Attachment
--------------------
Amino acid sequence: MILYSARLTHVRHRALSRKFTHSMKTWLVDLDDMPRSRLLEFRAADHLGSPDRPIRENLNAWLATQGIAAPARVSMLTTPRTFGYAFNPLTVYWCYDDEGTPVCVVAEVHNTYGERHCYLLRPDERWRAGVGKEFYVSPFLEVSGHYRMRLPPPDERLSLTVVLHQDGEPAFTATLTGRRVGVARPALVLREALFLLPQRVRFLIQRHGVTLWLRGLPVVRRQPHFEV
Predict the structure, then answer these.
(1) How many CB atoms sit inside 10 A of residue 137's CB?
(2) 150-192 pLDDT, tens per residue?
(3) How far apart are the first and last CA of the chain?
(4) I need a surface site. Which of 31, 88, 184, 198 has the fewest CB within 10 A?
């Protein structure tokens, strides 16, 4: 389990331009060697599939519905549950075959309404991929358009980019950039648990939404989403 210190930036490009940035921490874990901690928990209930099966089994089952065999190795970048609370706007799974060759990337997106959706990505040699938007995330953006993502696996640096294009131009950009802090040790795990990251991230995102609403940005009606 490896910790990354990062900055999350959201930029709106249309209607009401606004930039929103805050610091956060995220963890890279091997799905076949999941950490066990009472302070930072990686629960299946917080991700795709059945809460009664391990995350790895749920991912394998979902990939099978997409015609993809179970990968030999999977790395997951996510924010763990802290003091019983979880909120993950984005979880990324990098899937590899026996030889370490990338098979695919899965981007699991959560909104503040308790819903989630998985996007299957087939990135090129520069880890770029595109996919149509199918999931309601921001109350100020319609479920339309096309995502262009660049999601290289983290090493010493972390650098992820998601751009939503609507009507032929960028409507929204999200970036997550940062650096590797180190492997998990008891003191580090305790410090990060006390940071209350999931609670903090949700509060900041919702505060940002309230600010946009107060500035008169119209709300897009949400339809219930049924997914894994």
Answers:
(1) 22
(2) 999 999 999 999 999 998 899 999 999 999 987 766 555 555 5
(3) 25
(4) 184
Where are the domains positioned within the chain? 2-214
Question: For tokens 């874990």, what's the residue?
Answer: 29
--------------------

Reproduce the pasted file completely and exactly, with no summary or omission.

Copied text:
Amino acid sequence: MILYSARLTHVRHRALSRKFTHSMKTWLVDLDDMPRSRLLEFRAADHLGSPDRPIRENLNAWLATQGIAAPARVSMLTTPRTFGYAFNPLTVYWCYDDEGTPVCVVAEVHNTYGERHCYLLRPDERWRAGVGKEFYVSPFLEVSGHYRMRLPPPDERLSLTVVLHQDGEPAFTATLTGRRVGVARPALVLREALFLLPQRVRFLIQRHGVTLWLRGLPVVRRQPHFEV
Predict the structure, then answer these.
(1) How many CB atoms sit inside 10 A of residue 137's CB?
(2) 150-192 pLDDT, tens per residue?
(3) How far apart are the first and last CA of the chain?
(4) I need a surface site. Which of 31, 88, 184, 198 has the fewest CB within 10 A?
């Protein structure tokens, strides 16, 4: 389990331009060697599939519905549950075959309404991929358009980019950039648990939404989403 210190930036490009940035921490874990901690928990209930099966089994089952065999190795970048609370706007799974060759990337997106959706990505040699938007995330953006993502696996640096294009131009950009802090040790795990990251991230995102609403940005009606 490896910790990354990062900055999350959201930029709106249309209607009401606004930039929103805050610091956060995220963890890279091997799905076949999941950490066990009472302070930072990686629960299946917080991700795709059945809460009664391990995350790895749920991912394998979902990939099978997409015609993809179970990968030999999977790395997951996510924010763990802290003091019983979880909120993950984005979880990324990098899937590899026996030889370490990338098979695919899965981007699991959560909104503040308790819903989630998985996007299957087939990135090129520069880890770029595109996919149509199918999931309601921001109350100020319609479920339309096309995502262009660049999601290289983290090493010493972390650098992820998601751009939503609507009507032929960028409507929204999200970036997550940062650096590797180190492997998990008891003191580090305790410090990060006390940071209350999931609670903090949700509060900041919702505060940002309230600010946009107060500035008169119209709300897009949400339809219930049924997914894994």
Answers:
(1) 22
(2) 999 999 999 999 999 998 899 999 999 999 987 766 555 555 5
(3) 25
(4) 184
Where are the domains positioned within the chain? 2-214
Question: For tokens 């874990």, what's the residue?
Answer: 29